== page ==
Natural Server Cooling

Rob Bell

Issue 2, August 2017

Like many offices, at DIYODE we have a server room. But like all server rooms, it requires cooling - and lots of it! So... is there a better way?


I walked into the office early one morning, and it was freezing cold. It was about 5°C outside, so that’s not really surprising. If you live in a location where you can ski on lakes in winter, this may be balmy weather for you. But here in beach-loving, sun-baking asphelt-melting Sydney, that’s pretty cold to us.

As I walked past the server room to make coffee, I noticed the inside temperature was still sitting at 20°C (and yes, the air conditioner still has to work constantly to keep it there). It got me thinking... why are we using air conditioning to cool the room, when it’s near-arctic outside? In the same morning routine, the air conditioner in the main office gets switched on so everyone isn’t at their computers dressed for the snow. So why can’t we leverage this heat by-product into something useful? Even if we’re using 100% renewable energy to power everything, it still seems like something of a waste.


The primary issue with server hardware (and virtually all electronics) is heat. As we know, all electronic circuits produce some amount of heat (even if it’s imperceptible in a simple circuit). In most circumstances, the heat is insignificant when considering the room it’s inside, and it can easily dissipate. In an environment like a server room, however, we have an extremely high concentration of electronics in a relatively small space. For that matter, my “very standard” media centre at home (standard cheap graphics card, single Intel i7 processor) quickly shuts down after a few hours of being placed inside an entertainment unit, yet we rarely think too much about keeping a standard computer cool.

Servers often have high velocity, noisy fans to keep the air moving through their critical parts. Facebook is one of the world’s largest data centre operators (not surprising now that they boast over two billion users). They’ve worked hard to keep all those cat videos and photos of your lunch flowing through the internet; but more importantly, have taken great steps to increase efficiency within their data centres. For this reason, they don’t use front panels on their servers, to increase the amount of air that can get through them. Air flow through the server is critical, but if the room starts heating up that air will extract less and less heat from the servers, due to the lack of a temperature differential.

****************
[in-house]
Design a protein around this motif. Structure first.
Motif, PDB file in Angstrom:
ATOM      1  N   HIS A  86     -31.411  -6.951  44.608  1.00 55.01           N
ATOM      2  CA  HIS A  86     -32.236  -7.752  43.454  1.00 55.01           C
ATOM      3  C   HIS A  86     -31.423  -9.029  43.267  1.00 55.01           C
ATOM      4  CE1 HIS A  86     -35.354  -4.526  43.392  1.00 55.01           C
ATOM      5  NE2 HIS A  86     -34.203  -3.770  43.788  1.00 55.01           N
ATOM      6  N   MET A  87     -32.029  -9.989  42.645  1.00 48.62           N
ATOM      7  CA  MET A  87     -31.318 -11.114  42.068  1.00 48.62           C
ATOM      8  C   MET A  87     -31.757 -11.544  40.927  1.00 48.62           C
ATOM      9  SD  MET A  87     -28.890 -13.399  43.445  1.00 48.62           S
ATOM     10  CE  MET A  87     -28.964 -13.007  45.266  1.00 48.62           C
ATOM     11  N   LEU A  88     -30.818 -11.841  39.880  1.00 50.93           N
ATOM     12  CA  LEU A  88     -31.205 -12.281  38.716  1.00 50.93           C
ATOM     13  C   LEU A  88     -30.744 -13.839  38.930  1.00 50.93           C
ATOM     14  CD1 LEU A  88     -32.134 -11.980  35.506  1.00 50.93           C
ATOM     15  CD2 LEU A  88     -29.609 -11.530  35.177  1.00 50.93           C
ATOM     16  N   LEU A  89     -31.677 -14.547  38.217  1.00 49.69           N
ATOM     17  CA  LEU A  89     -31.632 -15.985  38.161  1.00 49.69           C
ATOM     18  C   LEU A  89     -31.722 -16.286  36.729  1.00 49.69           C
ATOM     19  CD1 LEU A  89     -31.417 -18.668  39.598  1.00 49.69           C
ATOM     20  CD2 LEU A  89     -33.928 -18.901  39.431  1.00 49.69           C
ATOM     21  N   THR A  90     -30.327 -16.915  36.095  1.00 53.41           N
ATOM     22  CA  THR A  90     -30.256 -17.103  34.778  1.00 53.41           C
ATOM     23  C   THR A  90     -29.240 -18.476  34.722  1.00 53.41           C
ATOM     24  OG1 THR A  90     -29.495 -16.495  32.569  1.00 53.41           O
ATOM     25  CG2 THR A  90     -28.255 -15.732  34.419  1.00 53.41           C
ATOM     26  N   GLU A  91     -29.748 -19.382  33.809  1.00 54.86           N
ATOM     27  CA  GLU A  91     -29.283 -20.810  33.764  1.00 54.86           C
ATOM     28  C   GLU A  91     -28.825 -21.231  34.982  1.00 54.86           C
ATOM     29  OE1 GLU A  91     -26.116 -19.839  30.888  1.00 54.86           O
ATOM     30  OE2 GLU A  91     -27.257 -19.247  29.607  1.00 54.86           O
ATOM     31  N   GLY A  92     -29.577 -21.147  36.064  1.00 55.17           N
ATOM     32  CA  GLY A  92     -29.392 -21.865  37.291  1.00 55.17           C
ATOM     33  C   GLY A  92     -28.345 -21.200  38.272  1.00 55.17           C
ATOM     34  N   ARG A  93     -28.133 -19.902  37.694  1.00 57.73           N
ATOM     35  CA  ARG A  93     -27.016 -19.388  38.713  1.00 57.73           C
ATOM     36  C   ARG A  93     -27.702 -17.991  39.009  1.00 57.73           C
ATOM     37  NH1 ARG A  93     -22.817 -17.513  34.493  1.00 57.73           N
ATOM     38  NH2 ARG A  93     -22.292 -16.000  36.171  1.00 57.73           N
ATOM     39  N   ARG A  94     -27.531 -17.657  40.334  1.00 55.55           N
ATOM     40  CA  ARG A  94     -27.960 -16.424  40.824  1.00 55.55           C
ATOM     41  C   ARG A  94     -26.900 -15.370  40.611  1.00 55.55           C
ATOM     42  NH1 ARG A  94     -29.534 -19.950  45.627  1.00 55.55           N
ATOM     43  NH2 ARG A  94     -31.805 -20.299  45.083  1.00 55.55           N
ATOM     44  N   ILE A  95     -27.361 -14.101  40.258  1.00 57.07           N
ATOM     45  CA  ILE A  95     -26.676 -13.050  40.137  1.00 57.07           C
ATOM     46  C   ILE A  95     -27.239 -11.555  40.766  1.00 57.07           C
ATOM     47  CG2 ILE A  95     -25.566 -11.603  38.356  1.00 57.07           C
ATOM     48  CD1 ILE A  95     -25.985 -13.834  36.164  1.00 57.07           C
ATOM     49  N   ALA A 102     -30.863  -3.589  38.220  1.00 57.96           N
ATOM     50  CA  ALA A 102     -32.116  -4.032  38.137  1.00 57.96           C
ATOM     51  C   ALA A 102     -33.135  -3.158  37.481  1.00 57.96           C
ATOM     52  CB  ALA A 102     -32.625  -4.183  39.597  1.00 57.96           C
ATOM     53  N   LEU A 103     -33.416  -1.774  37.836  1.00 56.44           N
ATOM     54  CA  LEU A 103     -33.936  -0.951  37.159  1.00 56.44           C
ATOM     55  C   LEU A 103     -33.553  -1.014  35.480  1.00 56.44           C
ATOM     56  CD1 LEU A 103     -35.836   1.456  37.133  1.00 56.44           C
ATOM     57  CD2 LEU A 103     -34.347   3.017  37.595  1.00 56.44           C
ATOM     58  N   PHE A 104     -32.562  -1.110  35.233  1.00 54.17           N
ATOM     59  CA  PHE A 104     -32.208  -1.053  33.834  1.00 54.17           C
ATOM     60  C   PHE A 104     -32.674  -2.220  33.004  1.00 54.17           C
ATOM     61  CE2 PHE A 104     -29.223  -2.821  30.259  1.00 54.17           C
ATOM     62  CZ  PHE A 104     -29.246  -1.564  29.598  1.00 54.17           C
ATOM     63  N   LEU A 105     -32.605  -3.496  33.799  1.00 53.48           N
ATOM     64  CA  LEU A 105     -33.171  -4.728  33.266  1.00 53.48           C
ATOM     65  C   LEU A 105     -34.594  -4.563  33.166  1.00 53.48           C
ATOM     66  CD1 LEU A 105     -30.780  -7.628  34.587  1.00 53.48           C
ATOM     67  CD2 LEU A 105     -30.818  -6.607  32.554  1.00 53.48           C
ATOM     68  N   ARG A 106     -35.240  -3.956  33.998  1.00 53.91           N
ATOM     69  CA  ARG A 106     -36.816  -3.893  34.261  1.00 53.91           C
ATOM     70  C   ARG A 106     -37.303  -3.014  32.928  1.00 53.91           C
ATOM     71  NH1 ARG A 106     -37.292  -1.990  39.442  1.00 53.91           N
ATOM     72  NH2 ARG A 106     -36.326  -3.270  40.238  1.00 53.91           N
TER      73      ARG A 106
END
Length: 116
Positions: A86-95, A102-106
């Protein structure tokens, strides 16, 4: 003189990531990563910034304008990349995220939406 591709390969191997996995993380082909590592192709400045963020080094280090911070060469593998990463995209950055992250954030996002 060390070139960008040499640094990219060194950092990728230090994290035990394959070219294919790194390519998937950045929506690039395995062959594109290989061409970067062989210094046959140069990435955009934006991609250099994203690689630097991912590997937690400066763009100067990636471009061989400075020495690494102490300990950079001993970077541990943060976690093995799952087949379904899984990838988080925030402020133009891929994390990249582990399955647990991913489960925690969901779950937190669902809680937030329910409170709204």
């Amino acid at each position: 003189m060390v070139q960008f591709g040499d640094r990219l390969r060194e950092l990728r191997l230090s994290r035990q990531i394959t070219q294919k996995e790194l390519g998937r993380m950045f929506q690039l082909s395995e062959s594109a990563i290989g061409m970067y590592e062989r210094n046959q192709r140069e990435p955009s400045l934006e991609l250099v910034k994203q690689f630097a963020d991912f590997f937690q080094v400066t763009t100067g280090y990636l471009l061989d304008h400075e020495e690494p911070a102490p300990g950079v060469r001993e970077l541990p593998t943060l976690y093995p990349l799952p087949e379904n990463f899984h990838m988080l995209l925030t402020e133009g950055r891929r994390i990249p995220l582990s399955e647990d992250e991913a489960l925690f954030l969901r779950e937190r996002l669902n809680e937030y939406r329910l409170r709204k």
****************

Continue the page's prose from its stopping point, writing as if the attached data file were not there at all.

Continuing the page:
So if it’s all about the air flow, all we need to do is pump the cold air into the server room (or suck the hot air out), and all will be right with the world - yes? Sadly, it’s not quite that simple.


In theory, with the ability to move an unlimited volume of air rapidly through a server room, you could keep everything within tolerance until the outside temperature is just 1°C below your target temperature, only then requiring air conditioning to take over. But fans use power too... and big fans especially, use a lot of power. There is, therefore, an efficiency point where moving huge volumes of air requires more energy than an airconditioner, which artificially improves the temperature differential.

A quick look at ventilation fans for high volume air transfer, proves how much this is true. We looked at a 400mm unit, which is capable of moving 128m3 of air per minute. That might sound like a fair amount, but the second you add ducting (or even a simple pipe bend for that matter), the volume capability drops rapidly. It also requires a 1500W motor to begin with. If you need a larger fan than this, you’re rapidly matching or surpassing the power consumption of a suitable air conditioner. We’ve also used a few of these large ventiation fans at times, and they are really noisy!

The mathematics required to provide specific answers to this question is a little beyond the scope of our thinking here. Consideration needs to be given to the amount of heat being generated by the servers, the size of the server room itself, the temperature differential between outdoors and the target temperature, the volume of air you can transfer (i.e. the size and capacity of fans extracting the heat), humidity, barometric pressure, friction/pressure incurred in the ducting, and the list goes on. But we’re confident an engineer familiar with air conditioning or thermodynamics could tackle this with little issue.

Now, in experimental scenarios we’ve run our server rack in the main office, which is huge. The sheer volume of air in the office allows the temperature to be maintained at a sensible level. But enterprise-grade server equipment is extremely noisy, so this isn’t a feasible solution either. Sure, you can put noise-reducing insulation around the server rack to reduce the noise, but then we’re back to the original problem of air flow.

This article isn’t designed to deliver a solution; it’s moreso a thought experiment, and will probably forever remain as one. Although, as we know, sometimes brilliant ideas arise from seemingly unresolvable problems...